After failing to meet an agreement deal on the availability of CBS programming, Time Warner Cable temporarily shuttered the network’s broadcasts in New York, Dallas, Los Angeles, Boston, Chicago, Denver, Detroit, and Pittsburgh. The blackout also dropped Showtime, The Movie Channel (TMC), Flix, and Smithsonian – with each channel disappearing around 12 a.m. ET.
“As of midnight ET, Time Warner Cable customers in New York City, Dallas and Los Angeles will no longer receive their local CBS broadcast stations,” Time Warner Cable spokeswoman Maureen Huff said in a statement. “We offered to pay reasonable increases, but CBS’ demands are out of line and unfair – and they want Time Warner Cable to pay more than others pay for the same programming.”
It’s always hard to decipher which side of the team to believe – both companies want to monetize as best they can in the era of online TV services like Aereo, and both are blaming one another for not doing enough to please the masses. It’s a bit of a he said-she said: If you are a TWC subscriber and watched TV in the past few days, you might have noticed a few gloom notices about how CBS was being greedy about the rates it wants to continue service. Conversely, CBS claims Time Warner Cable isn’t agreeing to terms competitors accepted. By going dark, TWC has affected an estimated 3.5 million homes – roughly 29 percent of the company’s consumer.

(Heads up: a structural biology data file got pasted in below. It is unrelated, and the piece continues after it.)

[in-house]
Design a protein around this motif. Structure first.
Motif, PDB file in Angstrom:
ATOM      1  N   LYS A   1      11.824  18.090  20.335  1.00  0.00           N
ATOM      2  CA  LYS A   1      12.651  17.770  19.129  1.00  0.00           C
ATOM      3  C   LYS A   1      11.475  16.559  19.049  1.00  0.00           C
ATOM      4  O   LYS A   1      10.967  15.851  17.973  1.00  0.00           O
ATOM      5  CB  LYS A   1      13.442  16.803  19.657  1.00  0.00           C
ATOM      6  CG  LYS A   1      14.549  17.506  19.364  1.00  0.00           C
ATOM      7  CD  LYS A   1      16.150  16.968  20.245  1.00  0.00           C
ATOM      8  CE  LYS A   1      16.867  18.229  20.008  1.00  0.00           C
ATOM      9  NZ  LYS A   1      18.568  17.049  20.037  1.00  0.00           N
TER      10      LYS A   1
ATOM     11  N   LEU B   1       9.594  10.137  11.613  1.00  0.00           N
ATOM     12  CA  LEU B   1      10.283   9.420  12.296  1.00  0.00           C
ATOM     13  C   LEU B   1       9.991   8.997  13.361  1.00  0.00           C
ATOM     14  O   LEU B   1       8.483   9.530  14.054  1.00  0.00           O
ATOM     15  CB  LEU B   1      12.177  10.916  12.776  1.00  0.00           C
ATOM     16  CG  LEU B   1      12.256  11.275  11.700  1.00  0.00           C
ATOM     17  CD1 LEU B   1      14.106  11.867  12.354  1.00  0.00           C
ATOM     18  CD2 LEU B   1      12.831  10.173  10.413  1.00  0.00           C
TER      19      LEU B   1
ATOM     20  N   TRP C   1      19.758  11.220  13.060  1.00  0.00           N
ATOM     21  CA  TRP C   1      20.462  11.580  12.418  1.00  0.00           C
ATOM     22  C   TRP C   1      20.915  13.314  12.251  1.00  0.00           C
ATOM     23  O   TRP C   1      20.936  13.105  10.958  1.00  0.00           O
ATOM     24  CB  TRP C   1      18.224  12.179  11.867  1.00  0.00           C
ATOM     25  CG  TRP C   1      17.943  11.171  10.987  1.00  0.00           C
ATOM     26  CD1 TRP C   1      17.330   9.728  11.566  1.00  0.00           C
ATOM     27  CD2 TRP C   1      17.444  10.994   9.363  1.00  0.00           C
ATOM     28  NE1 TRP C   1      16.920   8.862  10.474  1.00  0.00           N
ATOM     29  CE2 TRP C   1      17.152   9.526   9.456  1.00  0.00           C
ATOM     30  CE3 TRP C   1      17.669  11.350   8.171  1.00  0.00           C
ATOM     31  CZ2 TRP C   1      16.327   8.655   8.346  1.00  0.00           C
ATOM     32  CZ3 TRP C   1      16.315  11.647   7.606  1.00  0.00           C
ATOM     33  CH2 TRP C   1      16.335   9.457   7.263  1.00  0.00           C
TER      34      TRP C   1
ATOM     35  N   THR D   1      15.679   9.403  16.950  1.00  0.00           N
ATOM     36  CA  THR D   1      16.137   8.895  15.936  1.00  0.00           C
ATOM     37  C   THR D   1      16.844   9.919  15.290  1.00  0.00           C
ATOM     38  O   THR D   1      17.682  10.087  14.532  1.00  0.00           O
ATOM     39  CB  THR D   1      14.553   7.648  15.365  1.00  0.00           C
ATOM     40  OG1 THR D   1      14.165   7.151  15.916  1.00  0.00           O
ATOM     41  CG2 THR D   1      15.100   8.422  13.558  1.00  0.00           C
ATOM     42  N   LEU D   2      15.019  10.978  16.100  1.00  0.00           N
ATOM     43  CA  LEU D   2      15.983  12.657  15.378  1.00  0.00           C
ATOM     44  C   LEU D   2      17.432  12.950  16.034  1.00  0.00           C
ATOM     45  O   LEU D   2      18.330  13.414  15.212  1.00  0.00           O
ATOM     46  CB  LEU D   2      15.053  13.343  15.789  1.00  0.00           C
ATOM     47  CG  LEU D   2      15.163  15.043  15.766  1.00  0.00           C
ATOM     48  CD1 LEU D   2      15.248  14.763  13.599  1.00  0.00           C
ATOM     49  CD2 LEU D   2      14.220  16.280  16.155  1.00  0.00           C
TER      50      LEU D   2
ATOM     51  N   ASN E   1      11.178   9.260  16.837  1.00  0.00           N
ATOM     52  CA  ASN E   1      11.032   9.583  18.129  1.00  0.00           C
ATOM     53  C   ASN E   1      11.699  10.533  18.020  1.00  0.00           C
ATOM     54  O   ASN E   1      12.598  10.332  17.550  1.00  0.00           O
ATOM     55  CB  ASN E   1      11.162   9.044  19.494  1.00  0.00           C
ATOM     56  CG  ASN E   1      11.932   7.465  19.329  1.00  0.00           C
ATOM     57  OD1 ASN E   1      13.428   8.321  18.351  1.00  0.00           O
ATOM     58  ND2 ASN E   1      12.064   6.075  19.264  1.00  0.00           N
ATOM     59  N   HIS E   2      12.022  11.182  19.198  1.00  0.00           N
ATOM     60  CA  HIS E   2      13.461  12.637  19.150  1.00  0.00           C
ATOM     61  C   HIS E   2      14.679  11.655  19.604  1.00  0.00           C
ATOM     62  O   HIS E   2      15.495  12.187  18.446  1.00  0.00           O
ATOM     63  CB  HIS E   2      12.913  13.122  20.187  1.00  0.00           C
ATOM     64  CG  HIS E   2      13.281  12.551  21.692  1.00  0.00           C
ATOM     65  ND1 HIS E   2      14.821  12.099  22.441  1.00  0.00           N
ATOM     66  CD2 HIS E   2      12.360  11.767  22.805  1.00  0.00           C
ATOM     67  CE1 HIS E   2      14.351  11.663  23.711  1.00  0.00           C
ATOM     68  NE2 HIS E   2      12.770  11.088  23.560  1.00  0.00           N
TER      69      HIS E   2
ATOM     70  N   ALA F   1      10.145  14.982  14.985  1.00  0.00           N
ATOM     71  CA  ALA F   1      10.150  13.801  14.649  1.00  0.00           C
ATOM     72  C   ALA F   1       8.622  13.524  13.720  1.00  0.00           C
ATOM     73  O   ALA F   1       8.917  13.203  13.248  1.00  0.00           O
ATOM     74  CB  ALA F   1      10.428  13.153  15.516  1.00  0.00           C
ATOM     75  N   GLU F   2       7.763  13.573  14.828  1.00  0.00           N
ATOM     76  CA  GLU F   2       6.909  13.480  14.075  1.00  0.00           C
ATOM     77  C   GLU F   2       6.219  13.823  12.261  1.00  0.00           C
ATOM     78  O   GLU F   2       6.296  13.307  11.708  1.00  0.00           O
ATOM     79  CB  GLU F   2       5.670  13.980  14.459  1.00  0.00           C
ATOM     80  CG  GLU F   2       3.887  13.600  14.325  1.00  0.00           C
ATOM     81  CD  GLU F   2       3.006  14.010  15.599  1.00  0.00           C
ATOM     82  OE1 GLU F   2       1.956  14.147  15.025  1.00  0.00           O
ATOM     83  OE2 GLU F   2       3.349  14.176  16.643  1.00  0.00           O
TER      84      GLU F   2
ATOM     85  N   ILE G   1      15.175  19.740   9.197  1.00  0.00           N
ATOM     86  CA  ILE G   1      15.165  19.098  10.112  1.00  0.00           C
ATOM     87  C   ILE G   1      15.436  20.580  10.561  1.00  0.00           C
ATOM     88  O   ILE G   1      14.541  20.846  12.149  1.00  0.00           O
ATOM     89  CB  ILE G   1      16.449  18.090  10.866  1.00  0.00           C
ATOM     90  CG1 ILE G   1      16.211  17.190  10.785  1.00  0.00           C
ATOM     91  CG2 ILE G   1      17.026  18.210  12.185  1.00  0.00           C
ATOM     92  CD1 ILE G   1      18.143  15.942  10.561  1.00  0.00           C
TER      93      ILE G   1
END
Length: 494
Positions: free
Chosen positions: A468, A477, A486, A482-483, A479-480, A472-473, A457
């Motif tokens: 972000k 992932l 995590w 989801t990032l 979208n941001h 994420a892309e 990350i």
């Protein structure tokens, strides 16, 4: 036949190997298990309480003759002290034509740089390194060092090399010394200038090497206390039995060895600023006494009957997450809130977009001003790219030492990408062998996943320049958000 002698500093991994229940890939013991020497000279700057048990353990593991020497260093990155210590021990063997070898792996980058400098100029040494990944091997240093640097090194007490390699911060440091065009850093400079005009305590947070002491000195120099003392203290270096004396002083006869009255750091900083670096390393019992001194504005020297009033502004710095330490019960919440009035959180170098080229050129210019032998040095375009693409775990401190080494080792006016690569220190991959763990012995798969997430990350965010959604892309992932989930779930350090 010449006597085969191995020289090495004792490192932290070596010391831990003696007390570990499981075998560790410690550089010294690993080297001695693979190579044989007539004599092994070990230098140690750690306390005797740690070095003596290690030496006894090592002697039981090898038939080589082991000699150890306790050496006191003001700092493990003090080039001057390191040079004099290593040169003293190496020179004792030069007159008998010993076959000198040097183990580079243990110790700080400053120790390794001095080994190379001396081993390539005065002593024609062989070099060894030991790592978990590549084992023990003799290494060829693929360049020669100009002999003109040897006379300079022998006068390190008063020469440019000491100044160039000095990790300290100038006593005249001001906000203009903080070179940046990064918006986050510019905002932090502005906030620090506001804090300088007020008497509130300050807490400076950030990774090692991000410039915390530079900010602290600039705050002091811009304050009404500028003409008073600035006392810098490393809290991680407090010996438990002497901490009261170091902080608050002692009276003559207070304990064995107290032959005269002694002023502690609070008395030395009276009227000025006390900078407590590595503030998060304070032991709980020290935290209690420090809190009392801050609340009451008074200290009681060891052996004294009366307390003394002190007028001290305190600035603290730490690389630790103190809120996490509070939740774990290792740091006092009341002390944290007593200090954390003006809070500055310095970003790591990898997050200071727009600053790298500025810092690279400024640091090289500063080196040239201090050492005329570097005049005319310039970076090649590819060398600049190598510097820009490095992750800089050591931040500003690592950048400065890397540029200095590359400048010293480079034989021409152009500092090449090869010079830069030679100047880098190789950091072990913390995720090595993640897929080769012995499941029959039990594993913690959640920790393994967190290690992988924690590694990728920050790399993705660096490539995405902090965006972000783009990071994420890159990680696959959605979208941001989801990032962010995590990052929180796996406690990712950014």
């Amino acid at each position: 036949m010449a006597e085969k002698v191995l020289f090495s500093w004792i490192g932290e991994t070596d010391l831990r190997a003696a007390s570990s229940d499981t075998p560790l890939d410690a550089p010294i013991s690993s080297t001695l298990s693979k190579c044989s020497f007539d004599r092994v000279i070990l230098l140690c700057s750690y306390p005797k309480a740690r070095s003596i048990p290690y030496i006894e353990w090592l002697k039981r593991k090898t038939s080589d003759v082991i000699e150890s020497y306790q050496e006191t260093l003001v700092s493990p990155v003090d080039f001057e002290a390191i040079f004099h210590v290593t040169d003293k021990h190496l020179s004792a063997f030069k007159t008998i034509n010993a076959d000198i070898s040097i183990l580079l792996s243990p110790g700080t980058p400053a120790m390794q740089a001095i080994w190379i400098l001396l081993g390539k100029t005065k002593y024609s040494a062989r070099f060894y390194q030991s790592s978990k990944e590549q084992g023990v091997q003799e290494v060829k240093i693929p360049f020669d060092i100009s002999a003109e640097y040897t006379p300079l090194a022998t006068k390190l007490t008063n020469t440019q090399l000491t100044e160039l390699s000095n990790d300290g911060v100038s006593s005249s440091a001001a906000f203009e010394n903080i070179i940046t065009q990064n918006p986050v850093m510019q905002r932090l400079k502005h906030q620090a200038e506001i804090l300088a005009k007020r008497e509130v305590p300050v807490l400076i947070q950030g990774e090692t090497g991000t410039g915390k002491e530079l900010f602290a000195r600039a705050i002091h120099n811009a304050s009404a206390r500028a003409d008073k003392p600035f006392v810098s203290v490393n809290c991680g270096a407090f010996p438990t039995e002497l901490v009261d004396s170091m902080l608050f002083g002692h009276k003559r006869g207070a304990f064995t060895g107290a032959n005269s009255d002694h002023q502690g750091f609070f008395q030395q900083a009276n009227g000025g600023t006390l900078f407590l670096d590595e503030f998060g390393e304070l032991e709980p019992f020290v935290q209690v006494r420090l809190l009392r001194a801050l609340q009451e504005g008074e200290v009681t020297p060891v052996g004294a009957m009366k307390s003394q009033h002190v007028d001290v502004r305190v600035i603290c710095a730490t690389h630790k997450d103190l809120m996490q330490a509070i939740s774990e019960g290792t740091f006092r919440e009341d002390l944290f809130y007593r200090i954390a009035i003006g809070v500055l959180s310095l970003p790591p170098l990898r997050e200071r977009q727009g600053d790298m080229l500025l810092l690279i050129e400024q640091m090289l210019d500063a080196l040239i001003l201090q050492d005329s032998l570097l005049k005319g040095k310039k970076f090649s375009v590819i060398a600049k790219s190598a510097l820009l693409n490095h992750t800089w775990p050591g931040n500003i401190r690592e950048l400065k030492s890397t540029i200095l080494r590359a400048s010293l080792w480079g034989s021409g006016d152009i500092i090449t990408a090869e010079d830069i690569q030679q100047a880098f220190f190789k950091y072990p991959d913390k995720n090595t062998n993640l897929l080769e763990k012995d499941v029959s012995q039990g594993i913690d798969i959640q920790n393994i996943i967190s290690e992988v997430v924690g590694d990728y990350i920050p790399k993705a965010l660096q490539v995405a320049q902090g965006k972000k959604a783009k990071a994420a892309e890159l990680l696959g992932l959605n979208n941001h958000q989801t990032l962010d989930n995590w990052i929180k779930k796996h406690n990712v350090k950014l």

Perhaps realizing the childishness of the situation, not long after the blackout occurred, Twitter reports cited that CBS was back in most of the cities Time Warner claimed would experience the drop. “At the request of CBS, we have halted going dark on their channels. I’ll update you when I have more information I can share,” TWC told The Wrap. Negotiations have been extended until August 2 at 5 p.m. ET.
Of course, this isn’t the first network versus cable service drama that has occurred in recent years. Just last summer, AMC played up its own fight with Dish Network by creating a zombie-filled PR stunt just to get people buzzing. Most of the time, companies are able to reach an agreement in the last minute – this time, TWC subscribers lost the channel for about 30 minutes. Which, if we’re honest, probably wasn’t even that big a deal since most of the east coast would be fast asleep. The ones that are awake are left with repeat episodes of Mike & Molly and How I Met Your Mother.
Is the ridiculousness of the whole situation even more of an excuse for customers to shift toward Internet services like Netflix, Hulu, and Amazon Instant Video? Let’s face it: Even CBS’s suggestion to the temporarily blackout was for customers to access programming via the network’s website. Cable companies are just starting to dig their own grave.
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